Denmark: big protests against racist policies and police brutality

On Thursday, a 25,000 strong demonstration was held in the Danish capital Copenhagen. This was a reaction against forced deportation of a group of Iraqi refugees, as well as police brutality against peaceful demonstrators who tried to stop the police from arresting the Iraqis who had taken refuge in a church in Copenhagen.

This was the biggest demonstration this year, as industrial action has collapsed since the crisis hit Denmark around November last year. Still, the mood beneath the surface is one of frustration and anger towards the right-wing government.

Racist government

Copenhagen: big protests against racist policies and police brutality, August 13, 2009The right-wing government in Denmark is probably one of the most racist in Western Europe. The entire government programme concerning immigrants and refugees is dictated by the racist Danish Peoples’ Party who blame all problems in society on “foreigners” in general and Muslims in particular. Still, after eight years of virtually closed borders, no problems have been solved – on the contrary.

182 Iraqi refugees have been denied asylum status, and they have been set for deportation. Among these refugees, there are many children who have never even been to Iraq, and many teenagers who do not even speak Arabic. Among the refugees, several have seen their families slaughtered by sectarian madmen in Iraq, and they fear for their lives if they are sent to Iraq themselves. Even organisations such as the UN and Amnesty International have warned against deporting the Iraqis. Still, the right-wing government does not care. They care more about splitting the Danish workers with racist propaganda and present themselves as “keepers of law and order”.

Police brutality

A group of Iraqi refugees have taken refuge in the Brorson Church in Copenhagen. They have been there for months, and many volunteers have tried to help them with everything from bedding to food, toys for the children and cigarettes for the adults. The night before Thursday, the police entered the church to arrest a number of the refugees. The police gave a show of brutality as they hit all and everybody with their batons. Men, women and children, old and young, were beaten up by the police.

Outside the church, a group of protestors spontaneously gathered to try in a peaceful manner to stop the arrests and deportations. The protestors sat down to block the street, but they were met with repression. A video showing the police brutality can be seen here.

On Thursday, a demonstration was called for the same day by means of mobile text messages, Facebook and mouth-to-mouth. More than 25,000 took part in this spontaneous demonstration! This was clearly the biggest demonstration in this whole year.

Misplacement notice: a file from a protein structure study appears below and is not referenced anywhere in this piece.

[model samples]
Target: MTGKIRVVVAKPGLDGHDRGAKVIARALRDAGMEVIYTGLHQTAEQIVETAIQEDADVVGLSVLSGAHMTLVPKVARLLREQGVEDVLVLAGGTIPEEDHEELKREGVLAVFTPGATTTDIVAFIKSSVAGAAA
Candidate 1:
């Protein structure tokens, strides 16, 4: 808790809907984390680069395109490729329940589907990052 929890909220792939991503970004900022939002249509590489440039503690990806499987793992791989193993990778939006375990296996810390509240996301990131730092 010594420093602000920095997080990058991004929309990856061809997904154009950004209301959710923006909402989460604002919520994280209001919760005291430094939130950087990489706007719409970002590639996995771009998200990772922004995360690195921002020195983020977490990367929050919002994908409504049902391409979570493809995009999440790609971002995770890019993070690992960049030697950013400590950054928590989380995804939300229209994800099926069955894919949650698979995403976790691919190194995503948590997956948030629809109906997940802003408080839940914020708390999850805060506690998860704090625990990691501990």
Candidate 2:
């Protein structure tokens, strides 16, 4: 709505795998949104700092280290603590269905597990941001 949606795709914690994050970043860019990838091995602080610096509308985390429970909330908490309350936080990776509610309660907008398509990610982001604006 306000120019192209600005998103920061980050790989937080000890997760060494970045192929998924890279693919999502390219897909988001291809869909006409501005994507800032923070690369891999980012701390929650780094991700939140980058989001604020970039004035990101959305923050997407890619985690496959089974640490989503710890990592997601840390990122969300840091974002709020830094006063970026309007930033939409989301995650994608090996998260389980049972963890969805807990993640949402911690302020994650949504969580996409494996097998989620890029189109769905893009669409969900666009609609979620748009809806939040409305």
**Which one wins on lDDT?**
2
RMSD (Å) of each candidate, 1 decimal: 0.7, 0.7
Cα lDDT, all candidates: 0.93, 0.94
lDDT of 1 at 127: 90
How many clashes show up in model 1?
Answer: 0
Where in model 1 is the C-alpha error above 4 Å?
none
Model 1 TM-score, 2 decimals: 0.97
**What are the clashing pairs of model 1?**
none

Polarisation

This case has further polarised the political landscape in Denmark. The Social Democracy is absolutely split on this question. The Party’s chair, Helle Thorning-Schmidt, has declared her full support for the government and the police. However, the party’s youth organisation, DSU, have declared themselves clearly against the government and in favour of the refugees. Also, several high-ranking Social Democrats have declared that they disagree with the party leadership. Two former chairmen, Poul Nyrup Rasmussen (who is also the former prime minister) and Mogens Lykketoft, as well as the mayor of Copenhagen Ritt Bjerregaard, have said that the treatment of the Iraqis is “inhumane”. Another former chairman of the party, Svend Auken, who recently died, was a speaker at an earlier demonstration in favour of asylum for the refugees. All this is an indication of a complete split in the Social Democracy – not just on this question.

The chairman of the LO (Danish TUC) in the second biggest city, Aarhus, Hans Halvorsen, declared that the police brutality resembled something from a police dictatorship.

The chairman of the Socialist Peoples’ Party (SF), Villy Søvndal, has also marked opposition to the government, although in a somehow weak manner. Clearly, the SF leaders do not want to have their “good relationship” with the Social Democratic leaders (a relationship consisting of throwing SF’s own programme overboard) spoiled.

Explosions ahead

This November there will be local elections. The main government party, the liberal Venstre, have already announced that they cannot contest seriously about the mayor posts in the five biggest cities. They have thrown in the towel, and they realize that these seats will go to the Social Democrats (or even the SF!). The next parliamentary elections will most likely (unless the workers’ leaders seriously sabotage everything) see the right-wing kicked out of office, and a new government with the Social Democrats and SF will take over. There will be huge illusions in such a government, and it will enter into crisis as the leaders cannot deliver their promises without taking serious measures against the capitalist rule.

The movement in defence of the Iraqi refugees clearly shows that there is ferment in Danish society – especially among the youth. The level of industrial action was very high until around last November, when the crisis hit Denmark. At one point, Denmark was ranking number 3 in OECD as for strikes compared to number of workers – with only Canada and Iceland striking more. Now, the workers fear for their jobs and have temporarily withdrawn, as a turtle draws its head back into protection when it senses danger. But this will only last for a temporary period. One thing is for sure: big explosions are prepared, and a future workers’ government in crisis, combined with a sluggish economic recovery, will only serve to aggravate the situation.